7 Public Speaking Tips From a Speech Contest Winner

This was one of the semi-final rounds of the 2011 World Champion of Public Speaking in Las Vegas Nevada and I sat mesmerised in the audience having heard 9 highly competent speakers try to win the hearts and minds of the audience and the judges.

(Image courtesy of Dollar Photo Club)

The third place winner was called and it was our own Malachi Talabi, the UK and Ireland Public Speaking Champion.

Malachi and myself will be doing a free webinar titled ‘From Club Champion To District Champion – 21 World Class Speaking Tools To Help You Win Hearts, Win Minds and Win Trophies’.

I was a bit disappointed at the results as I was sure Malachi would come first. But there was a big smile on Malachi’s face and when I asked him why he was so elated, he said, “Wole, I have placed in the top thirty of the over twenty-five thousand contestants who started this race.”

Five years on and I am still fascinated by Malachi whenever I hear him speak. He has a way with words and he is a master at using humour to drive home his point.

Free Webinar and Speaking Tips

This month, I have convinced Malachi to co-host a webinar for you my reader and for the thousands of Toastmasters all over the world who are preparing to take part in the 2016 International Speech Competition. This is also for anyone who wants to take their public speaking skills to a new level by learning from a competition-winning speaker.

7 Speaking Tips I Learnt from a Champion Speaker

To give you a taste of what is to come, let me share with you 7 public speaking tips I learnt from a champion speaker.

#1. Your physical presence will affect your stage presence

You may have heard the saying “don’t judge a book by its cover”. But admit it, we always do judge a book by its cover. Your audience will make a judgement about you from your appearance – so dress well to fit the occasion. Unless you have been told otherwise, it’s good to stick to a formal dressing.

#2. Go for a tantalising speech title 

In his book “7 Minutes To Win It!” Malachi talks about the four T’s to a tantalising title. Your title could be a:

  • Trailer for what is to come in your speech
  • Tease to seduce the ears and make the audience curious
  • Tickle to make your audience laugh and connect more with you
  • Twist from the norm and then deliver something unexpected

#3. Add SPICE to your speech

Malachi’s book advises that, to SPICE your speech is to add:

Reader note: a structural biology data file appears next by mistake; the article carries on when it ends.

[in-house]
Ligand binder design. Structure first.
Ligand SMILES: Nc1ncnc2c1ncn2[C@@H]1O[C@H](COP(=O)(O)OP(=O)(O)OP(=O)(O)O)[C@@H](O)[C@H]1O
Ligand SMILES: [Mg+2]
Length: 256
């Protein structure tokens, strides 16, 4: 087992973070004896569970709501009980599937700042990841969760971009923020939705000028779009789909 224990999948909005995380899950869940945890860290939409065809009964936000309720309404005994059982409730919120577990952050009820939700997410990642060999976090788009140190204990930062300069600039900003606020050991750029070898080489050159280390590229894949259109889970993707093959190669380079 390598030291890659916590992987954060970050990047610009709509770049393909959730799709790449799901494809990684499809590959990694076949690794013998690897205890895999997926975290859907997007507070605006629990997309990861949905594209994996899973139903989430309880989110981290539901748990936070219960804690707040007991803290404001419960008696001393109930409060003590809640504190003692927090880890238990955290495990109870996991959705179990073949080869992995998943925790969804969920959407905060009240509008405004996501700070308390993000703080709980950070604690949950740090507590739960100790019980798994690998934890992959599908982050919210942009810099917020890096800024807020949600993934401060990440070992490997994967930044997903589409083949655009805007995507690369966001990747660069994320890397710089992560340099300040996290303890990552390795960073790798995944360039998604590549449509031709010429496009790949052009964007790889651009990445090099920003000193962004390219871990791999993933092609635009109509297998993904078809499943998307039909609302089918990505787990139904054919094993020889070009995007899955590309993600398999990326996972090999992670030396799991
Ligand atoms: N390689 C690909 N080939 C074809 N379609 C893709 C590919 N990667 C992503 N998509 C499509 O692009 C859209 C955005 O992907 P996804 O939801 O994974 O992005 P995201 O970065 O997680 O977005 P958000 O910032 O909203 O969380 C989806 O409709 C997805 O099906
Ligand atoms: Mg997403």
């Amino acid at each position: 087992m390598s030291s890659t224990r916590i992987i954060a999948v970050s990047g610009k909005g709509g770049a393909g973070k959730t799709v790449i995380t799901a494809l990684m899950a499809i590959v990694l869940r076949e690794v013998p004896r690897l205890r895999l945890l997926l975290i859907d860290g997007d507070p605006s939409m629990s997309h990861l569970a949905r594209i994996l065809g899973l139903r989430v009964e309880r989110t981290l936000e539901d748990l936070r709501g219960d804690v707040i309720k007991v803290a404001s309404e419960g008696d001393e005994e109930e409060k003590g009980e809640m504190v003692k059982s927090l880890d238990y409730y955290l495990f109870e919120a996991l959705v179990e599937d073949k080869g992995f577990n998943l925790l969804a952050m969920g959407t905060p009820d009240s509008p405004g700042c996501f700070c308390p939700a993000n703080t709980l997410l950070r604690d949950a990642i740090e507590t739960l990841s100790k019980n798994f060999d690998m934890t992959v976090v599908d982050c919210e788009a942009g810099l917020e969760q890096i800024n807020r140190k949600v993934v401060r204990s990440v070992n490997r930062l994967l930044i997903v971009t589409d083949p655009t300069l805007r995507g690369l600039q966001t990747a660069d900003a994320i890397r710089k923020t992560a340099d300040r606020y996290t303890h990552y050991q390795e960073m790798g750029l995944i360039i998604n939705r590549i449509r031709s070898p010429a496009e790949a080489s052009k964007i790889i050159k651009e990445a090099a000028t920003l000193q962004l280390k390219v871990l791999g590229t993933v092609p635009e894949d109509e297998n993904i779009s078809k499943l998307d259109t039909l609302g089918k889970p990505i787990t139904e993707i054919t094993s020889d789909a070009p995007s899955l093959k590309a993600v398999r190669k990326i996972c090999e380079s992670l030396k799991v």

• Stories
  • Pauses
  • Intriguing questions
  • Callbacks
  • Entertainment

#4. Your first thirty seconds are important

In the webinar you will hear about how to make an impact in the first moments without saying a word. If you have a tantalising title, make the right first impression with your appearance and follow it up with an attention grabbing and engaging first thirty seconds on stage, you are off to a flying start.

#5. Memorise to internalise

If you memorise and forget a line, that can destabilise you and your presentation.

If you use notes, there will be moments when you look into your notes and loose eye contact with your audience.

Using notes is not an option in competitions. The key is to memorise to internalise.

#6. Use humour to entertain and drive home your message

Today’s audience don’t just want to be informed, or educated, they want to be entertained.

Your humour must be suitable for your audience and you need to be mindful of cultural differences when speaking in an environment that is different from yours.

#7. Learn advanced delivery techniques

Some of these techniques include:

  • Holograms
  • Timelines
  • Split the stage

If you have questions about public speaking that you would like to ask a Certified World Class Coach and Toastmasters International Speech Winner then register for the free webinar, attend live and send in your questions in the chat. you can also email your questions in advance to me at wole@woleososami.com

We are also giving away to all attendees a free speech contest toolkit.

Click To Register For Free Webinar!

Please note: I reserve the right to delete comments that are offensive or off-topic.

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